Content Tagged with Muslim Civilisations

A view of the courtyard of the mosque of al-Azhar in Cairo. Bernard O'Kane

Leading historian of Islamic art and culture, Professor Bernard O’Kane offers a peek at the architectural accomplishments of the Fatimids in Egypt. On 21 February, he will speak on the same topic at the Aga Khan Museum in Toronto.

Lion’s Head, Historic Syria, 9th–8th centuries BCE, Ivory, carved. With permission of the Royal Ontario Museum © ROM.

The large contemporary photographs that greet visitors at the entrance to Syria: A Living History, contrast sharply with the devastation wreaked by the country’s six-year civil war. Instead, the exhibition at the Aga Khan Museum in Toronto, which spans 5 000 years, celebrates the land and people of Syria — and offers hope.

The Ismaili Muslim Youth Choir of Dallas performing at "Dialogs with Islamic Art", an event introducing the first exhibition of the Keir Collection at the Dallas Museum of Art. Shehzad Bhayani

For the next 15 years, objects from one of the world’s largest private collections of Islamic art are on loan to the Dallas Museum of Art. An event introducing the first exhibition from the collection opened in September 2015 with a special performance by the Ismaili Muslim Youth Choir of Dallas.

His Royal Highness Prince Hassan El Talal speakiing at the Ismaili Centre London. Ismaili Council for the UK

His Royal Highness Prince El Hassan bin Talal of Jordan delivered an Ismaili Centre International Lecture on 2 November 2015 at the Ismaili Centre, London. An on-stage discussion with journalist Yasmin Alibhai-Brown followed the lecture, together with questions from the audience.

Music and other performing arts are an important part of cultural expression in the Muslim world, and will be part of what the Aga Khan Museum  offers to its visitors.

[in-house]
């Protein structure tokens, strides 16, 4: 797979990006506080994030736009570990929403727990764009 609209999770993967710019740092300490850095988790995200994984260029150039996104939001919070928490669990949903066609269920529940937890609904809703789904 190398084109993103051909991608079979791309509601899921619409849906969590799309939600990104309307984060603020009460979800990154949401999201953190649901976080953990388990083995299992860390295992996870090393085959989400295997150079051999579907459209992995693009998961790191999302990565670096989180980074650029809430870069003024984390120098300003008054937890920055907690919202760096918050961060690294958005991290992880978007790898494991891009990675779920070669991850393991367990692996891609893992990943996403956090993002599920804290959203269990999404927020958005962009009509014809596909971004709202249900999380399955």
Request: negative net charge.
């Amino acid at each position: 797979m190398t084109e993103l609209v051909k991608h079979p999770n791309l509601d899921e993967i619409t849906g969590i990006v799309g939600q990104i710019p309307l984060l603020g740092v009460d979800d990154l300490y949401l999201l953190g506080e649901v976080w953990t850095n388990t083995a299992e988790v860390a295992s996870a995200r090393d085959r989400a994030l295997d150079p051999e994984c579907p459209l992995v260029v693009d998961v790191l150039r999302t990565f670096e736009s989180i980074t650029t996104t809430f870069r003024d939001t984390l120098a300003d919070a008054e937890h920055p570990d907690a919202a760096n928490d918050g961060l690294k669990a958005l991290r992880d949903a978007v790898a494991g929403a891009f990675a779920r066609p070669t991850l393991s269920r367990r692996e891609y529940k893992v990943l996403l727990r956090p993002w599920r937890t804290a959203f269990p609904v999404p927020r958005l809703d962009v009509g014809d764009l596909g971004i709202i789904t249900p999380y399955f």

An event hosted at the Ismaili Centre, Dubai by the Aga Khan Museum and the Embassy of Canada to the United Arab Emirates offered a preview of what will be the first museum in North America dedicated to the Islamic arts and cultures. Sheikh Nahyan Mabarak al-Nahyan applauded the Museum’s goal to showcase diversity of Muslim societies and foster greater understanding amongst peoples of different backgrounds.

Ibn al-Haytham was a Fatimid-era scholar and polymath who wrote over 200 scientific works in subjects like astronomy, mathematics, medicine, optics, philosophy, and physics.

Born in 965 CE, Ibn al-Haytham is considered by many to be the world’s first scientist. He also invented the camera obscura, the earliest avatar of the modern digital camera that you carry around in your pocket.

Chartered in 1983 as Pakistan’s first private university, Aga Khan University is an international University with 11 teaching sites spread over 8 countries. The University’s School of Nursing in Karachi, predates the Charter, having opened its

Three decades is a relatively short period in the history of a university, but the impact that the Aga Khan University has had in its formative years is not to be underestimated. And while the institution may be young, its spirit is far older.

Karen Armstrong speaks about Prophet Muhammad (peace be upon him and his family) and the relevance of his life to our present time at the Ismaili Centre, Burnaby on 25 March 2012.

Prominent religious historian and well-known author, Karen Armstrong, was the keynote speaker at the Ismaili Centre, Burnaby on 25 March 2012, where she delivered a lecture on Prophet Muhammad (peace be upon him and his family) and the relevance of his life to our present time. The visit was part of Armstrong’s “12 Days of Compassion” tour of Greater Vancouver.

Saloni Firasta-Vastani, Member of the Ismaili Council for the Southeastern United States, Imam Plemon El-Amin, and Priyanka Sinha, Director of Communications and Marketing at the Michael C. Carlos Museum gather with Dr. Hussein Rashid (second from the rig

Dr Hussein Rashid delivered a lecture titled Everyday Art: An Islamic Impact on American Art on 13 February 2011 at the Michael C. Carlos Museum of Emory University in Atlanta, Georgia. In the talk, Dr Rashid highlights Islamic influences on popular art in America – from architecture and popular media to poetry and writing.